What is white’s best move?


The first Fisher Random Chess World Championship was held this past month in Norway. America’s Wesley So defeated Magnus Carlsen (the classic chess World Champion) in the finals to become the first American World Chess Champion since Bobby Fisher. This week’s position is from their final game.

Fisher Random Chess involves shuffling each side's back row every game. The king must be placed somewhere between b1 and g1 for white and b8 and g8 for black. The castling rules are then applied to the new position. The point of Fisher Random Chess is to eliminate well-known opening lines. Players must rely entirely on their skill over the board without the benefit of their knowledge base.

In this week’s position, So is white; Carlsen, black. So has a strong material edge but black’s advanced pawns on white’s king-side give Carlson hope. While taking the black’s knight on e8 maintains a decisive edge for white, So’s next move removes all hope and caused Carlson to resign. With this hint in mind, please try to find So’s winning move.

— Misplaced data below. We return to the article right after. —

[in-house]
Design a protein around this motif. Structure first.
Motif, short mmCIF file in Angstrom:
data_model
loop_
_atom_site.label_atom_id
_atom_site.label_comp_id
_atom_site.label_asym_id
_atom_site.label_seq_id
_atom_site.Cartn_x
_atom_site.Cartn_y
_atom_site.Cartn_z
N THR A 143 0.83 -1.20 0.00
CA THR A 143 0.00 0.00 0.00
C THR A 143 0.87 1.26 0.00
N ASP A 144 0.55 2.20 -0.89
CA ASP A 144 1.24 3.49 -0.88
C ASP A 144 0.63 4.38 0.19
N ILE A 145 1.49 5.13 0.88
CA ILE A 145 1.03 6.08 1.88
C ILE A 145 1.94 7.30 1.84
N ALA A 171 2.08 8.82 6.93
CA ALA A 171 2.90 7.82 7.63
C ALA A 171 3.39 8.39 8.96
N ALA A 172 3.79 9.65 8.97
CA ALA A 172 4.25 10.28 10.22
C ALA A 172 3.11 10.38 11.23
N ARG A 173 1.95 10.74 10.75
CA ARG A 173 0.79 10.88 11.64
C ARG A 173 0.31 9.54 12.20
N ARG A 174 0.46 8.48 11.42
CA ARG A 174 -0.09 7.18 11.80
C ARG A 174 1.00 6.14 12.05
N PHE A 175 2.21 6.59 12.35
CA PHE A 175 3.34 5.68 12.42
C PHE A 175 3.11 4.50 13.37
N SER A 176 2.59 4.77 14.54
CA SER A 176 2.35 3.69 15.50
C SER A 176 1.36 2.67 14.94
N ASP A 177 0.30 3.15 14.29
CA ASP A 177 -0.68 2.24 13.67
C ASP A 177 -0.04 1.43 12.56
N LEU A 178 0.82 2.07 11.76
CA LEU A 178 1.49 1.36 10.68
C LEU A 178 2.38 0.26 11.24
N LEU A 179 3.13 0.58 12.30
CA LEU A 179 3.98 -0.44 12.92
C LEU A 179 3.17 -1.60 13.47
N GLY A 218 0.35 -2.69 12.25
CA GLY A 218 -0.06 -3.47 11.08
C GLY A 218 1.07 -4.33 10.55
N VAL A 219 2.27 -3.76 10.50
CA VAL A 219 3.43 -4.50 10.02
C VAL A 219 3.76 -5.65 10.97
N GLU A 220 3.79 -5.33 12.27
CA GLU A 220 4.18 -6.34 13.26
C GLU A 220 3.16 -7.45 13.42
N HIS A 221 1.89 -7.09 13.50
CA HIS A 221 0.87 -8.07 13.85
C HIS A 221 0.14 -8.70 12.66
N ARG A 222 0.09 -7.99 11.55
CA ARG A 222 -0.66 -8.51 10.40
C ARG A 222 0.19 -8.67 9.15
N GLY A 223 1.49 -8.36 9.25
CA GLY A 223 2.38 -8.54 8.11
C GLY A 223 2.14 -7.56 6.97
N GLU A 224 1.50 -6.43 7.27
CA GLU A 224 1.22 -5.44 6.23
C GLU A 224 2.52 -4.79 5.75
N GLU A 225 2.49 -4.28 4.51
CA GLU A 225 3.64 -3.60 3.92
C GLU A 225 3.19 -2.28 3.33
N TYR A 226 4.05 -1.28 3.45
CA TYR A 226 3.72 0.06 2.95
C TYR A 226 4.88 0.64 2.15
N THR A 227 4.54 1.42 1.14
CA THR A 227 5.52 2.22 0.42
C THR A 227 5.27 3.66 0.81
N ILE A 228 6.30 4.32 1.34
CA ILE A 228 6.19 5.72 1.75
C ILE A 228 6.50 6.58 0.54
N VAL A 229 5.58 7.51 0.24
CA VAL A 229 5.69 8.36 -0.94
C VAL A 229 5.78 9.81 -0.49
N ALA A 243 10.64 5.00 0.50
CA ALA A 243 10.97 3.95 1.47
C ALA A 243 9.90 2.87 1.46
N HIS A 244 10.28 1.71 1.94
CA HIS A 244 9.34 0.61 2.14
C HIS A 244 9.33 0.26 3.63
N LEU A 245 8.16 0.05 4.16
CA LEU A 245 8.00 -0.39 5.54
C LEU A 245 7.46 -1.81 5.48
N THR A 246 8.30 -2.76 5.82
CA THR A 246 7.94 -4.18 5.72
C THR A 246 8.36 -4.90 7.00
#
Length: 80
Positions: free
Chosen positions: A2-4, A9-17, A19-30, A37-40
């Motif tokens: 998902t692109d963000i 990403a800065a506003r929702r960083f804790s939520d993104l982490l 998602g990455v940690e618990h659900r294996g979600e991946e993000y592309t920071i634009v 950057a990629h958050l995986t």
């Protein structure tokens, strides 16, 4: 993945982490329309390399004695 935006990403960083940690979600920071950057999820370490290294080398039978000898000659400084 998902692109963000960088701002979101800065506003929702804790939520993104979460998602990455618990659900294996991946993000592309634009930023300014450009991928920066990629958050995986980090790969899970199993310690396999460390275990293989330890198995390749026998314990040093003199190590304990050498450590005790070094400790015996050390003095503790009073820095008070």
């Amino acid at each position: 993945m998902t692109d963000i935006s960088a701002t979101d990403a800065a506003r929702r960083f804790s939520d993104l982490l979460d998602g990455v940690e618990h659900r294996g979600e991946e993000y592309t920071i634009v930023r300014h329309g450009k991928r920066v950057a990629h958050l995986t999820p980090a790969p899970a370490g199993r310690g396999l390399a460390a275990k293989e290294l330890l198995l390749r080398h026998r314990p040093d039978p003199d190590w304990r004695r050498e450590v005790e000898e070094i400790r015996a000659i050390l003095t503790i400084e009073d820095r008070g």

The black king is cornered on a8, as white’s queen prevents the king from moving to b8. If a rook were to attack black’s king from a4 in this position, black would be mated. Hence, So lifted his rook from f1 to f4 by taking black’s f4 pawn, So that mate is threatened.

The only way to stop mate is for black to move its b3 pawn to b4. White still checks from a4 with its rook. The pawn takes the rook, which is followed by the queen checking from a5 (see next diagram).


The black king retreats to b8. White’s queen takes black’s rook with check. The king runs back to a7, and then white’s knight on b3 hops to c5. Now the knights each support a knight to d7 maneuver and mate is in the air. Carlsen, as previously indicated, resigned after rook takes f4 and didn’t wait for the final blows.

The lesson this week is that World Champions know the best move is not always the greediest move. 

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